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Saturday, May 13, 2006

Aussie blood suckers

Isn't it interesting how quickly an infestation of foreign pests are dealt with when the Ministry of Health is in charge? When Biosecurity is in charge it could take many years, and in the case of the Didymo plague - apparently never. So it is at least a positive sign that the Health Ministry is in charge of getting rid of the southern saltmarsh mosquito – a known carrier of the Ross River virus (RRV) which has been discovered in a remote area of the Coromandel.

A spokesman for the national surveillance programme, John Gardner from the Ministry of Health, said the discovery of the three sites, just north of Colville, were "a real disappointment".

The mosquito, ochlerotatus camptorhynchus, was first found in Napier in December 1998, and has since been identified at Muriwai, Mahia, Porangahau, the Kaipara and Mangawhai harbours, Whitford, Whangaporoa and Wairau.

The mosquito was "an aggressive biter with the potential to cause significant nuisance effects for people, livestock and birds", Mr Gardner said.

Not just an "aggressive biter," but an aggressive daytime biter. So the barbecue and going outside and generally our lifestyle (in the coastal areas at least - where 4/5 of the country lives) is going to be ruined if this pest takes hold. Imagine the worst sea lice experience transferred to land (if the descriptions are to be believed) - that would be intolerable.

The Ministry reported last year:
The mosquito has been successfully eradicated from the east coast of the North Island, Whitford, and Mangawhai. Attempted eradication programmes are still underway in the Kaipara (including Whangaparoa) and Wairau.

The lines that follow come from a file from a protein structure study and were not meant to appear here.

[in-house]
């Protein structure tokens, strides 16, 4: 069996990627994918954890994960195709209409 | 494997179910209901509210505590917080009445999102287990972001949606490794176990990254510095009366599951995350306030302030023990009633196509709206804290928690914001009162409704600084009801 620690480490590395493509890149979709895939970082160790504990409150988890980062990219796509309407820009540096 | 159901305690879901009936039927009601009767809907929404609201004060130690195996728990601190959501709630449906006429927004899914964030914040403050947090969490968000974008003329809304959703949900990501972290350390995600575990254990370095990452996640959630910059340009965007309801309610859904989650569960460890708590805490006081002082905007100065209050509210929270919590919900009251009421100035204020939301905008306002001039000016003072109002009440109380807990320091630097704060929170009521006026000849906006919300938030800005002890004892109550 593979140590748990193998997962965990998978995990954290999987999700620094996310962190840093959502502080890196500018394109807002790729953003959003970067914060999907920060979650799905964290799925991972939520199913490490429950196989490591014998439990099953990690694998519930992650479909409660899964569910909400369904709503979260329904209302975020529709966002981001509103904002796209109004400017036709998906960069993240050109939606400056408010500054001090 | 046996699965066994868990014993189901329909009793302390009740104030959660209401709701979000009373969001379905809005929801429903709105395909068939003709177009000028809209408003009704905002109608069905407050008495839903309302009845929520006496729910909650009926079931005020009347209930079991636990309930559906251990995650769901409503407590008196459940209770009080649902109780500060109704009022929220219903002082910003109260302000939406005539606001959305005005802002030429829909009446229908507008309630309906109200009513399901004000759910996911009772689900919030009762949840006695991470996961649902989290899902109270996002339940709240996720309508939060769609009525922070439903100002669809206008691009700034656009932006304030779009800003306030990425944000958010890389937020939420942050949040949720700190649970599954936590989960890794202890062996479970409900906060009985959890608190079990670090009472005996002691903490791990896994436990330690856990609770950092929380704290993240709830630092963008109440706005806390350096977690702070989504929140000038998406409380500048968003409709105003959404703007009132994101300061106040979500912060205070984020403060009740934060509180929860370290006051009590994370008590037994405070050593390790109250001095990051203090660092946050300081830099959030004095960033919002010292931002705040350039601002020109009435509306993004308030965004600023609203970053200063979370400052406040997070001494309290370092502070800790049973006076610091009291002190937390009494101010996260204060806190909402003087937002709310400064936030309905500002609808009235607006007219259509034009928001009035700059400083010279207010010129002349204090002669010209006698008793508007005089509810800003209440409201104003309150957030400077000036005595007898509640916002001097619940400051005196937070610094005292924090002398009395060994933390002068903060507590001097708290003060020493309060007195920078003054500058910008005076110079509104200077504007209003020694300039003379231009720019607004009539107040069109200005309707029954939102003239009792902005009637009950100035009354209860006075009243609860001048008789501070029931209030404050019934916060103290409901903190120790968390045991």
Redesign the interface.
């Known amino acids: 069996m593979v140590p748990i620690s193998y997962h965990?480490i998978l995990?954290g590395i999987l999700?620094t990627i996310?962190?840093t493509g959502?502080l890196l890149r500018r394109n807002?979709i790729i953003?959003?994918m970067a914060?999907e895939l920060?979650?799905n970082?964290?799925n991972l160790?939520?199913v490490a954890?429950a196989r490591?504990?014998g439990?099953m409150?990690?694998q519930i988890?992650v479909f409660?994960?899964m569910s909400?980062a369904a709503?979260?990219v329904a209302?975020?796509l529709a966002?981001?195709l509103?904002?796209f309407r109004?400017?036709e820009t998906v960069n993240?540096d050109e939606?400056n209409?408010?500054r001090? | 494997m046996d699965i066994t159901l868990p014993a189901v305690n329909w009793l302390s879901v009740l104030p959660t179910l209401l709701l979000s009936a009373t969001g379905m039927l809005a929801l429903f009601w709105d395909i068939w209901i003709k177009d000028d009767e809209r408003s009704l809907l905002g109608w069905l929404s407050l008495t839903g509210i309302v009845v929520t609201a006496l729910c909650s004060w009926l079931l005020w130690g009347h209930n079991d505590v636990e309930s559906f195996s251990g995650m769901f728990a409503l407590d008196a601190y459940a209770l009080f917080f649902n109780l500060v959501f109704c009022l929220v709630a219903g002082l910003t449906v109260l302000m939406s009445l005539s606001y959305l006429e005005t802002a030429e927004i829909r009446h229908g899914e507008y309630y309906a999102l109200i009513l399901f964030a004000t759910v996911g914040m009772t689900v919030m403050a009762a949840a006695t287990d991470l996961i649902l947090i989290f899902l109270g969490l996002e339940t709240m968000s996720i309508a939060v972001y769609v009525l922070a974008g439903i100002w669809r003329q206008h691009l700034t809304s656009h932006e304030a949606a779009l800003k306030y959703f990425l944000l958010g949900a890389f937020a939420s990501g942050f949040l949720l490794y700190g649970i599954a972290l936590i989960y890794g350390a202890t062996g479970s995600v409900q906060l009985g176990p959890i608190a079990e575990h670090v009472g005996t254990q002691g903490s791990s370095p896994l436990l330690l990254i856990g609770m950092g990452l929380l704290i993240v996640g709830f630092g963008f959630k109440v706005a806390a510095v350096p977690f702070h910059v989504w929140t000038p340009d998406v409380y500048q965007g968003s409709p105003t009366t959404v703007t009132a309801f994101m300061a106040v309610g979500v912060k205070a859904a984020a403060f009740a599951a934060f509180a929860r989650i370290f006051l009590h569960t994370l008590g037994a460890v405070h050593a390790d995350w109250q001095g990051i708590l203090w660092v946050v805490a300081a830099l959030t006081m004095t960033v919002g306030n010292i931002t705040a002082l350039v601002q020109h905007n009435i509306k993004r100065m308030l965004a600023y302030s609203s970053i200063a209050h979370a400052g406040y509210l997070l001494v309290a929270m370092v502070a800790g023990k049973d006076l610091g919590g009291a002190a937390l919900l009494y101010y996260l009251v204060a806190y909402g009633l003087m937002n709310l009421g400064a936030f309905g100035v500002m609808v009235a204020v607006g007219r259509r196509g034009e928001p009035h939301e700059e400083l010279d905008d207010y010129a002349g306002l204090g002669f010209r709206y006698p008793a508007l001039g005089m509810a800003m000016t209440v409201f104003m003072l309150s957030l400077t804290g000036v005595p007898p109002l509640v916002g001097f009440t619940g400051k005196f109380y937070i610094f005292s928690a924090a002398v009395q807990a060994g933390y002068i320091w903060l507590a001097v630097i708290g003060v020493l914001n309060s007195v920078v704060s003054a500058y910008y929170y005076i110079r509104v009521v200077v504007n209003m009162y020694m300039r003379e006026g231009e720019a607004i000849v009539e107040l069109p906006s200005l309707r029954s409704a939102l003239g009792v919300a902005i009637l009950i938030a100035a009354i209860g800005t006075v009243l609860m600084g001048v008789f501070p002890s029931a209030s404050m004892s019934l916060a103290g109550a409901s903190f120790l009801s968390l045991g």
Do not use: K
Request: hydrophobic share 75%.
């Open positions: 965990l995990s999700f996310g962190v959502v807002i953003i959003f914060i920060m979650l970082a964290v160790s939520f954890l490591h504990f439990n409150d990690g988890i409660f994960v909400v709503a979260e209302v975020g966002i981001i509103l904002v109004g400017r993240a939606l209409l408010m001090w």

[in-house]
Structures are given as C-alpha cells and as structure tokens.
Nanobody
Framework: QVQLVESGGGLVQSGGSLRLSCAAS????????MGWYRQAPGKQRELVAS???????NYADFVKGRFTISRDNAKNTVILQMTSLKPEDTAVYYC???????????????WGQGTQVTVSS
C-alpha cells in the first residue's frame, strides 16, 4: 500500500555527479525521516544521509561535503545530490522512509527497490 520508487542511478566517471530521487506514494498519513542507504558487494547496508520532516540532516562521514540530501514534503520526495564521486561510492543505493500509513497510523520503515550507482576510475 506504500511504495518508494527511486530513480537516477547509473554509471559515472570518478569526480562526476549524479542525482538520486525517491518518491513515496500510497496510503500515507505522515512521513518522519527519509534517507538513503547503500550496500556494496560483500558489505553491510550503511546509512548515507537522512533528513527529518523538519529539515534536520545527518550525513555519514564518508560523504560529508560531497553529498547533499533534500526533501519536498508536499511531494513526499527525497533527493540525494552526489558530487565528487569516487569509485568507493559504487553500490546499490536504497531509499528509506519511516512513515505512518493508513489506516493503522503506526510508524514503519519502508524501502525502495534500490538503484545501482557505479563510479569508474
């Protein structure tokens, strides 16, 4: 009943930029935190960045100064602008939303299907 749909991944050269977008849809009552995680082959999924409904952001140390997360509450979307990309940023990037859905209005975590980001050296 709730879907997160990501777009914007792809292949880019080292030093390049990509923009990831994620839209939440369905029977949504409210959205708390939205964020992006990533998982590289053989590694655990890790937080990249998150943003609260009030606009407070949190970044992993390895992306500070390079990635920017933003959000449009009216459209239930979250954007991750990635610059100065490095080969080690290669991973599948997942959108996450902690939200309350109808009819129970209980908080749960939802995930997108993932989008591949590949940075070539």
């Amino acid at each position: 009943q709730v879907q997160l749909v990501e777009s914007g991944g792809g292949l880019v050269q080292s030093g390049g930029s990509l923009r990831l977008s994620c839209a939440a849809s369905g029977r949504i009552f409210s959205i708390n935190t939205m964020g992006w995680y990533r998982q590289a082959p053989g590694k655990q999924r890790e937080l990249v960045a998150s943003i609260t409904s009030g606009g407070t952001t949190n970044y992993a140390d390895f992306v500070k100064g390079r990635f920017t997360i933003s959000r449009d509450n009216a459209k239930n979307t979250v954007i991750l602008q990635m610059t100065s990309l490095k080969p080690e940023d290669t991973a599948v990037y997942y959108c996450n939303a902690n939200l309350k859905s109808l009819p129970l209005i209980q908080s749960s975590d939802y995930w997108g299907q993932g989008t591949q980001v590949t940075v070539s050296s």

That website is also important as it has information on the programme of eradication and the systematic way the Ministry has gone about "treating" the sites and timetables for eradication. The mozzies can fly up to 5km so it is important to get them early. Compared to the appalling fumblings of the Ministry of Biosecurity over the painted apple moth and the non-action over Didymo it could be a case study. And one cannot feasibly be more plain on this point: Biosecurity doesn't want to eradicate they want to monitor and let it spread (and probably because they don't have a clue, appoint poor leaders, report to poor ministers and default to doing nothing in order to grow their own budget as their inaction makes the problem more insolvable) - that is why they do not have any eradication timetables. Health wants to detect it immediately and eradicate it forthwith - there is no monitoring-for-the-sake-of-research bullshit. More ranting and Anderton-bashing here.

I would like to know how the mozzies are getting here in the first place. Ships and their cargo are the obvious culprits - and maybe smaller vessels too. I hope there are systems in place to prevent that happening.


At 13/5/06 4:23 pm, Blogger peterquixote said...

very interesting due, i see the diddlyo team have had some interational recognition of their "proactive " didlymo program,
now what do you think their of that idea TJ? is that not fucking amazing verbal skill,

what would you have to do to be retro on this horse has bolted, down the road,

At 15/5/06 9:08 am, Blogger Lesly said...

Tim, - I bet 90% of the country is unaware of the threat from this Aussie-mozzie (or of the true impact of uncontrolled didymo, either)

One would hope that someone somewhere would be putting together an intelligent TV documentary feature to inform and warn the public of the potential dangers? (as opposed to pathetic 'conspiracy-theory' items and/or 'a Kiwi was there' stories).

But I doubt it, don't you?


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